Perhaps Fuller's two most brilliant successes were the failures of his Wichita House and 26-foot- diameter Fly's Eye dome.
Such structures dominating the global landscape would undoubtedly create more technically efficient methods for nuclear family living but, in that they would augment the present prevailing lifestyle of separation in which people use their own automobiles, powered by fossil fuels, to travel from their home, to their work, to visit friends, and for personal pleasure, they would foster an inevitable state of alienation among the human race.
From another perspective, many weekend commuters feel good about themselves as they drive in their SUVs to their second homes in the country, located on several acres of land and outfitted with all the latest green technologies. They have, after all, created a sustainable living environment with a white carbon dioxide footprint that helps to save the planet by combating global warming.
There are at least three problems with this scenario. Fossil fuels used to travel to these remote locations can offset the green benefits to cause a net black carbon dioxide footprint; the cost to buy the land and build on it a home with the requisite environmental design features ranges from a few hundred thousand to literally millions of dollars, serving as a de facto barrier to entry for the majority of the population; and human beings are social animals so asking them to live on large, isolated plots of land would require a lifestyle change unacceptable to most.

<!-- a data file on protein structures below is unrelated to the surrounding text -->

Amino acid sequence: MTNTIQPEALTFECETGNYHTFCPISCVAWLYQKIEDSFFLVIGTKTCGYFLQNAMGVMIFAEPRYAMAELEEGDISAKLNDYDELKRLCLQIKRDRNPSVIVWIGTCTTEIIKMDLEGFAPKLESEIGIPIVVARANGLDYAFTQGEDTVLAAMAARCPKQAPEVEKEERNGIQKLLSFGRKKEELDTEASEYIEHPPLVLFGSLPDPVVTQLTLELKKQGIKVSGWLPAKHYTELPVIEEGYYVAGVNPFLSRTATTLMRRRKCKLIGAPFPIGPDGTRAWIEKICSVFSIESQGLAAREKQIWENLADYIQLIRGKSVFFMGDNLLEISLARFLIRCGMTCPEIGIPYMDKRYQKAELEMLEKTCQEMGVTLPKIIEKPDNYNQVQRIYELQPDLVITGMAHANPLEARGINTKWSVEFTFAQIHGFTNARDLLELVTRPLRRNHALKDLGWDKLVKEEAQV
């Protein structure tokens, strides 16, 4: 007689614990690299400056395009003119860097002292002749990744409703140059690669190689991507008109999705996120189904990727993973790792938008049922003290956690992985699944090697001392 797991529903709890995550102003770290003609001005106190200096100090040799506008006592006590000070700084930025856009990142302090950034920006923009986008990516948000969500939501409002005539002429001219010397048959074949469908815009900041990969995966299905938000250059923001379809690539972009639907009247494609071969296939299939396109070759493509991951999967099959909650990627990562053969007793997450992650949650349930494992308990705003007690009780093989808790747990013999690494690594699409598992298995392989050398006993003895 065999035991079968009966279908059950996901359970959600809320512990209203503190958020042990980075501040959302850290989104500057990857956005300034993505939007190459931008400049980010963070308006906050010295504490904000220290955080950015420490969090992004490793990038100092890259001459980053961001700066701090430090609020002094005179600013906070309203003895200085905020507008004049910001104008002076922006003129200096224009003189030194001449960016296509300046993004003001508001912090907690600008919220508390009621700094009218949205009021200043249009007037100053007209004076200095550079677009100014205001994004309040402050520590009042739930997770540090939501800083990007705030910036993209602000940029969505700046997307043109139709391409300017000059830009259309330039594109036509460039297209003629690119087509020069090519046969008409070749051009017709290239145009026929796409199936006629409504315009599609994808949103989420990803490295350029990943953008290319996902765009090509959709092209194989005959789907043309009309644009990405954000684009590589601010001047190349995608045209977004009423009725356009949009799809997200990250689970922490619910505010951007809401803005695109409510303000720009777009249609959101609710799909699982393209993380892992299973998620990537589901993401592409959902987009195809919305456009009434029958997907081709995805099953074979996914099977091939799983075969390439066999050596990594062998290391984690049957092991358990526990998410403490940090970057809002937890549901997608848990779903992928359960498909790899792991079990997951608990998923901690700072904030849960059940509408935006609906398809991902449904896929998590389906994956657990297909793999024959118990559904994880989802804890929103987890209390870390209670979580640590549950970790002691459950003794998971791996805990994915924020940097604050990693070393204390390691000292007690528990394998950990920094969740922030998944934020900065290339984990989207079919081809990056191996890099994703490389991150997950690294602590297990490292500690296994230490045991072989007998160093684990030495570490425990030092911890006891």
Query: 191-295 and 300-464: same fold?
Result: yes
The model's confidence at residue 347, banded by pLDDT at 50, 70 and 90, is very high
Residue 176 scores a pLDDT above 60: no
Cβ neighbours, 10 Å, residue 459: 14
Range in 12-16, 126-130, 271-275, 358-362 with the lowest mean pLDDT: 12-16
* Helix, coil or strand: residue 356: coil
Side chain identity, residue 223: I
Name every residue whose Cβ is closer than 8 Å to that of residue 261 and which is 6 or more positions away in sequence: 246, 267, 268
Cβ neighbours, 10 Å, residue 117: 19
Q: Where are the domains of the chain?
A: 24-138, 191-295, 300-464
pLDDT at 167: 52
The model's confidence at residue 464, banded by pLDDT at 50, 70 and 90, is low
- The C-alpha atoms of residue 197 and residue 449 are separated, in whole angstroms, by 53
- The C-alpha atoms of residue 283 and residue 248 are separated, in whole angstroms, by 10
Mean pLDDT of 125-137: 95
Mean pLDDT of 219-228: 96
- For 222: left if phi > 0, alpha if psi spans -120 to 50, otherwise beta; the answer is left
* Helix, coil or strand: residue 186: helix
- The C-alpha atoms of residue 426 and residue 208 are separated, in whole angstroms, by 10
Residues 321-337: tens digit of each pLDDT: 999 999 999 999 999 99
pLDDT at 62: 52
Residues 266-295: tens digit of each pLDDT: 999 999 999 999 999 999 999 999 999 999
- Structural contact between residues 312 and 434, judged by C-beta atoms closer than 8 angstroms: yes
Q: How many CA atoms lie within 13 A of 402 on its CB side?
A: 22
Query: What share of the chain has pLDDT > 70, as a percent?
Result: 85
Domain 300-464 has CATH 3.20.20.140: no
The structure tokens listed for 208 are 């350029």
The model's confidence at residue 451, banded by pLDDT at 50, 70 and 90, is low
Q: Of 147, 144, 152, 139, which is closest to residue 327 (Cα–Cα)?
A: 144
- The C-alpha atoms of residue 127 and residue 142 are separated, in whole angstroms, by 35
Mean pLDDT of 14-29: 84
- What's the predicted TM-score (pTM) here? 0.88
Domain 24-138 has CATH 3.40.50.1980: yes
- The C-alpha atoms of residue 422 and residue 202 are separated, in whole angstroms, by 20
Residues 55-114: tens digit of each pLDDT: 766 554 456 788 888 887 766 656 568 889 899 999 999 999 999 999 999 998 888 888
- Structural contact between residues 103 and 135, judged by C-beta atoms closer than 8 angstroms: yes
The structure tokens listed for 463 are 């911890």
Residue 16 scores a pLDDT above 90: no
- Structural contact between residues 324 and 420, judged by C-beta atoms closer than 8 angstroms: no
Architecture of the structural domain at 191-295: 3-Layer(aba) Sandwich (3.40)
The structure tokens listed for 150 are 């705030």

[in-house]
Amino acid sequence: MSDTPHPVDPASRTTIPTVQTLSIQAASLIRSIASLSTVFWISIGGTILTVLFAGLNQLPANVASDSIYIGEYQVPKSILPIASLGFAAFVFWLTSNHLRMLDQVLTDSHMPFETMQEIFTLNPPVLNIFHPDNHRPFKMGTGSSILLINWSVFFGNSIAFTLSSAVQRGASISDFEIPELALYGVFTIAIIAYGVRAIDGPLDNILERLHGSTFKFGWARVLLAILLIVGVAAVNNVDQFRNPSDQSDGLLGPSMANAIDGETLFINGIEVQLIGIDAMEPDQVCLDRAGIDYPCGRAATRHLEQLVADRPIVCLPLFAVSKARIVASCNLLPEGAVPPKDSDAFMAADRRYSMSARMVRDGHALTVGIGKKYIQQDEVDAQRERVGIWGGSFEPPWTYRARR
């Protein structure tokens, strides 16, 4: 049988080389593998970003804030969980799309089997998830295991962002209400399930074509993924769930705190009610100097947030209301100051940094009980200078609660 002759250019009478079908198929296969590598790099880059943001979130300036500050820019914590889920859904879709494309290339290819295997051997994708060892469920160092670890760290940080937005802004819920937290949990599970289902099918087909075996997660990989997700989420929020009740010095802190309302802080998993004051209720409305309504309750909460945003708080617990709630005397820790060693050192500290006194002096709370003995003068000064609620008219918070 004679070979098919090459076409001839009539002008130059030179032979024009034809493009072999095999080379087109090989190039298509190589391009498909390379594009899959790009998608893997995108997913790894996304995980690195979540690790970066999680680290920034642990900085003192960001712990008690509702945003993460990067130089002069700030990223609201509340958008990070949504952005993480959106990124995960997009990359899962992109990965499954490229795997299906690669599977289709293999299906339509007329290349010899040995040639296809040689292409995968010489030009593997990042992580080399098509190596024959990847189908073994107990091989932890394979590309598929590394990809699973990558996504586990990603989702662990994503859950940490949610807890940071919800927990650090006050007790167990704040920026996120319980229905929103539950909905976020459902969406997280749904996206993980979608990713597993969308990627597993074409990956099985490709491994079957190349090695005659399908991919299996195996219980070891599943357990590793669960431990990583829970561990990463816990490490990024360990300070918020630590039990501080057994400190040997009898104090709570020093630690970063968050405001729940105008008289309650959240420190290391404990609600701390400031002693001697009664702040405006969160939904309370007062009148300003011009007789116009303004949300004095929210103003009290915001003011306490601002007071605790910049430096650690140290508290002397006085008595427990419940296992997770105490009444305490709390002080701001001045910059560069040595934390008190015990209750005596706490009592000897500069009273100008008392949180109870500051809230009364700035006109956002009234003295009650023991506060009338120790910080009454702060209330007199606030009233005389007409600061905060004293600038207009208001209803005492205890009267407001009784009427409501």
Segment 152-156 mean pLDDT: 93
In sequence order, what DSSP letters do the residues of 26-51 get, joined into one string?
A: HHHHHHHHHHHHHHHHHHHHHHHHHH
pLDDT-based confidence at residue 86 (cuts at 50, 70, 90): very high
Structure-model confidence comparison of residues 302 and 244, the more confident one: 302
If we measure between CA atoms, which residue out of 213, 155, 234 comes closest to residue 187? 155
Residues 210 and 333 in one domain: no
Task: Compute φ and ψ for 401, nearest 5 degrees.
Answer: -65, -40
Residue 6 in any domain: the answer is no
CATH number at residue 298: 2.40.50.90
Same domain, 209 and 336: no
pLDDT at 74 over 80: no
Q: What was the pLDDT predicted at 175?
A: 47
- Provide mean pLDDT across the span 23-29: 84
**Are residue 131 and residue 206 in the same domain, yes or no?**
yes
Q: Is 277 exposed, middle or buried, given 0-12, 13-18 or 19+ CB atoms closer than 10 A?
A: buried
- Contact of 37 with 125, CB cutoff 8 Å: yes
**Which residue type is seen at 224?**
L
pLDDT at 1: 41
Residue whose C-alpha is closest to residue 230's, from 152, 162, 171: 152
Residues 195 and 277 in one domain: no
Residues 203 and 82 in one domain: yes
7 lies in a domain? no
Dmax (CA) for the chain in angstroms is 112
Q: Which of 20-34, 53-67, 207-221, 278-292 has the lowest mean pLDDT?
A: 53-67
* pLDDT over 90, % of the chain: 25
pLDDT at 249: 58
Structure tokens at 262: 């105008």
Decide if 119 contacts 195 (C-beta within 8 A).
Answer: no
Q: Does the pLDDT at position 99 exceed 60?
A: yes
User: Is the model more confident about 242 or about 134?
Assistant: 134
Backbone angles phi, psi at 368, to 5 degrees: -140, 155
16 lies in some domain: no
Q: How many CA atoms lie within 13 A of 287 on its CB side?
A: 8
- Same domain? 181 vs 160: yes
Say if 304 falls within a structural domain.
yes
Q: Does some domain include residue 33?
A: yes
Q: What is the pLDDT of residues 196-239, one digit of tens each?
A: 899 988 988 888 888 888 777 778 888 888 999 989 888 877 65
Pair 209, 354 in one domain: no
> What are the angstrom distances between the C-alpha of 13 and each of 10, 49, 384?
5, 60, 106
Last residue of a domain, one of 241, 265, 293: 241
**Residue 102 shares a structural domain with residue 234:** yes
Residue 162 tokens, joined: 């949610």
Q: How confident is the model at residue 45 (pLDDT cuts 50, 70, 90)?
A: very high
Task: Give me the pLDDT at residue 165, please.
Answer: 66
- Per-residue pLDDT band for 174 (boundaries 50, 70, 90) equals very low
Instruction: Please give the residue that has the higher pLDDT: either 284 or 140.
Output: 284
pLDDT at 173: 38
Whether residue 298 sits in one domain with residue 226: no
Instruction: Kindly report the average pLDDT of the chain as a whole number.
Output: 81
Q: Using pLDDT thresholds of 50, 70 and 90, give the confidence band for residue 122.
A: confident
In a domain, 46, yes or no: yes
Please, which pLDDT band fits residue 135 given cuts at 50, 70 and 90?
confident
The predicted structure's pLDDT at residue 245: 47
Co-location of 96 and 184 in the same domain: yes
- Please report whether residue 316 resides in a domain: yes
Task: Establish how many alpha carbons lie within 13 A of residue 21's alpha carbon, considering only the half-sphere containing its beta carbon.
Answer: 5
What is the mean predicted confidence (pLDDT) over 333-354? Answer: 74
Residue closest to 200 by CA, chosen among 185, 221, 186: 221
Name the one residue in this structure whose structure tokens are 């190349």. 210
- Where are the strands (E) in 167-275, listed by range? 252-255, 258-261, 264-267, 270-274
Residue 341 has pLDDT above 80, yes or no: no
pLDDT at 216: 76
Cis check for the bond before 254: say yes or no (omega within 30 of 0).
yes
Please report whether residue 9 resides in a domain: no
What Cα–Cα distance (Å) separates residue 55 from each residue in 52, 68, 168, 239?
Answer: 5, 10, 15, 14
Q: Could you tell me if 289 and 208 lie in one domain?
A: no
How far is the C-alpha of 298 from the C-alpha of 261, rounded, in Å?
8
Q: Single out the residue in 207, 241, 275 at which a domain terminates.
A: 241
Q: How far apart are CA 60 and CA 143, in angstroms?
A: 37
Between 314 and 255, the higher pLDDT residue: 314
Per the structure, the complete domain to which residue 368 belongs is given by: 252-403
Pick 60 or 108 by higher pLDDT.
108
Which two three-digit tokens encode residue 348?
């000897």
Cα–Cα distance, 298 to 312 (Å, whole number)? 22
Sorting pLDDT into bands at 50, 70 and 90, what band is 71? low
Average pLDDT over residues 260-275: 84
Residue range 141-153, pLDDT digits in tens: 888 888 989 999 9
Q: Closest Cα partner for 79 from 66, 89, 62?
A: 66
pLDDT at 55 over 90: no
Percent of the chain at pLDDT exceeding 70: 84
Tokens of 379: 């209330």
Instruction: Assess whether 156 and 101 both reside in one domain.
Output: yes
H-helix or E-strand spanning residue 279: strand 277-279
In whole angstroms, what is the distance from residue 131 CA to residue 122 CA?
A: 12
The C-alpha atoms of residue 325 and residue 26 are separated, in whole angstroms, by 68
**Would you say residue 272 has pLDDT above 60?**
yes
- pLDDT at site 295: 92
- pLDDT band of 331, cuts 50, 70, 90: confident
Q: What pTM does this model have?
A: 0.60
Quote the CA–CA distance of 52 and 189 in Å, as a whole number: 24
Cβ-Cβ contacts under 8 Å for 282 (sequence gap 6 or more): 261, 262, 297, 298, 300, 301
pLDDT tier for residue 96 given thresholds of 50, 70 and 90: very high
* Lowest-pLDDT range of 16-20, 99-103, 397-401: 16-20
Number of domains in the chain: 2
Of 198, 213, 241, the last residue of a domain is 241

Given this, many would concur that what the world needs now is a cost effective method for people to congregate in small communities that are self sufficient with respect to food, energy, and work. Fuller, in his design and promotion of the 50-foot-diameter Fly's Eye dome and Old Man River City (OMRC), seemed to anticipate the need for an alternative approach to communal living. This article explores the volume production of a small urban community that supports living in a manner suggested by OMRC.
A 30 to 40 home housing development, self-sufficient with respect to food and energy and containing work and office spaces for the homeowners, can be built in urban areas and create a white carbon dioxide footprint without requiring the residents to make a drastic change in their lifestyle.
An integral part of a standard community will include a greenhouse, using terraced grow beds in a configuration starting at ground level and rising to a rooftop setting, supplying vegetables, herbs, flowers, house plants, fruit, fish, and livestock (chickens, pigs, rabbits, goats, etc.) so as to provide basic food requirements. This community will use insulation, below grade heat sources and sinks, wind generators, solar, and biomass to seek energy self sufficiency. Carbon dioxide levels, light type and intensity, organic nutrients delivered via a hydroponic process, temperature, and greenhouse moisture content will be adjusted as necessary to achieve maximum plant growth. Wastes will be recycled with a goal to achieve zero release to the environment.